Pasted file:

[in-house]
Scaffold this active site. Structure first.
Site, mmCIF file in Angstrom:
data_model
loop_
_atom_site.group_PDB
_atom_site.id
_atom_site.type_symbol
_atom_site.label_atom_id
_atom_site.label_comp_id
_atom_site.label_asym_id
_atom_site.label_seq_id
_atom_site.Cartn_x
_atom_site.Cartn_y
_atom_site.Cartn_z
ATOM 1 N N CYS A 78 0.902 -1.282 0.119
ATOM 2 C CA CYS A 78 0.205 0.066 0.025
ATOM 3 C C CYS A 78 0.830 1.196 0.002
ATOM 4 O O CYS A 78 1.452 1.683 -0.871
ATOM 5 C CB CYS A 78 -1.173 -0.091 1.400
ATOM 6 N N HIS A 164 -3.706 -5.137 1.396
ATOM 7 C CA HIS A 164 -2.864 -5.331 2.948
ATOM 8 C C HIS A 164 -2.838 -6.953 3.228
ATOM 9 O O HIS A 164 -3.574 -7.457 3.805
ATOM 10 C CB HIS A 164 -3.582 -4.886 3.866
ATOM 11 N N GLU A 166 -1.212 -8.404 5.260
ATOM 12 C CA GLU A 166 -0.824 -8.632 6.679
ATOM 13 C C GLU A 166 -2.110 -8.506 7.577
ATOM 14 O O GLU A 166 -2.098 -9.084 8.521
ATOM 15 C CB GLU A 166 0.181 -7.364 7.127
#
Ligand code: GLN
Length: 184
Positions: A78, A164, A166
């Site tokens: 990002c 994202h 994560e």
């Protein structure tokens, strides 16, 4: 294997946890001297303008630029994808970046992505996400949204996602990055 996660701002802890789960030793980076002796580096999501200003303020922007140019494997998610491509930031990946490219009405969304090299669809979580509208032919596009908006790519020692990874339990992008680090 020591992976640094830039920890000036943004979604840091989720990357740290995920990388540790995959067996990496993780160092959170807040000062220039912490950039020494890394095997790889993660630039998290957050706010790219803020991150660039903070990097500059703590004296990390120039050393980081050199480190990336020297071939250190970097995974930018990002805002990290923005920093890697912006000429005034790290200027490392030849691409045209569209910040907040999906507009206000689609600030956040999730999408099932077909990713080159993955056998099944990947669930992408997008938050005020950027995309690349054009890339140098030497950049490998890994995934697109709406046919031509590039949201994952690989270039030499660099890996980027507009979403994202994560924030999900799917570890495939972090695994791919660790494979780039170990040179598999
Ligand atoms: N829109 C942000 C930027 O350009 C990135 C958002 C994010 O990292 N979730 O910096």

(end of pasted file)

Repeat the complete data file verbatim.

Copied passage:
[in-house]
Scaffold this active site. Structure first.
Site, mmCIF file in Angstrom:
data_model
loop_
_atom_site.group_PDB
_atom_site.id
_atom_site.type_symbol
_atom_site.label_atom_id
_atom_site.label_comp_id
_atom_site.label_asym_id
_atom_site.label_seq_id
_atom_site.Cartn_x
_atom_site.Cartn_y
_atom_site.Cartn_z
ATOM 1 N N CYS A 78 0.902 -1.282 0.119
ATOM 2 C CA CYS A 78 0.205 0.066 0.025
ATOM 3 C C CYS A 78 0.830 1.196 0.002
ATOM 4 O O CYS A 78 1.452 1.683 -0.871
ATOM 5 C CB CYS A 78 -1.173 -0.091 1.400
ATOM 6 N N HIS A 164 -3.706 -5.137 1.396
ATOM 7 C CA HIS A 164 -2.864 -5.331 2.948
ATOM 8 C C HIS A 164 -2.838 -6.953 3.228
ATOM 9 O O HIS A 164 -3.574 -7.457 3.805
ATOM 10 C CB HIS A 164 -3.582 -4.886 3.866
ATOM 11 N N GLU A 166 -1.212 -8.404 5.260
ATOM 12 C CA GLU A 166 -0.824 -8.632 6.679
ATOM 13 C C GLU A 166 -2.110 -8.506 7.577
ATOM 14 O O GLU A 166 -2.098 -9.084 8.521
ATOM 15 C CB GLU A 166 0.181 -7.364 7.127
#
Ligand code: GLN
Length: 184
Positions: A78, A164, A166
């Site tokens: 990002c 994202h 994560e």
């Protein structure tokens, strides 16, 4: 294997946890001297303008630029994808970046992505996400949204996602990055 996660701002802890789960030793980076002796580096999501200003303020922007140019494997998610491509930031990946490219009405969304090299669809979580509208032919596009908006790519020692990874339990992008680090 020591992976640094830039920890000036943004979604840091989720990357740290995920990388540790995959067996990496993780160092959170807040000062220039912490950039020494890394095997790889993660630039998290957050706010790219803020991150660039903070990097500059703590004296990390120039050393980081050199480190990336020297071939250190970097995974930018990002805002990290923005920093890697912006000429005034790290200027490392030849691409045209569209910040907040999906507009206000689609600030956040999730999408099932077909990713080159993955056998099944990947669930992408997008938050005020950027995309690349054009890339140098030497950049490998890994995934697109709406046919031509590039949201994952690989270039030499660099890996980027507009979403994202994560924030999900799917570890495939972090695994791919660790494979780039170990040179598999
Ligand atoms: N829109 C942000 C930027 O350009 C990135 C958002 C994010 O990292 N979730 O910096």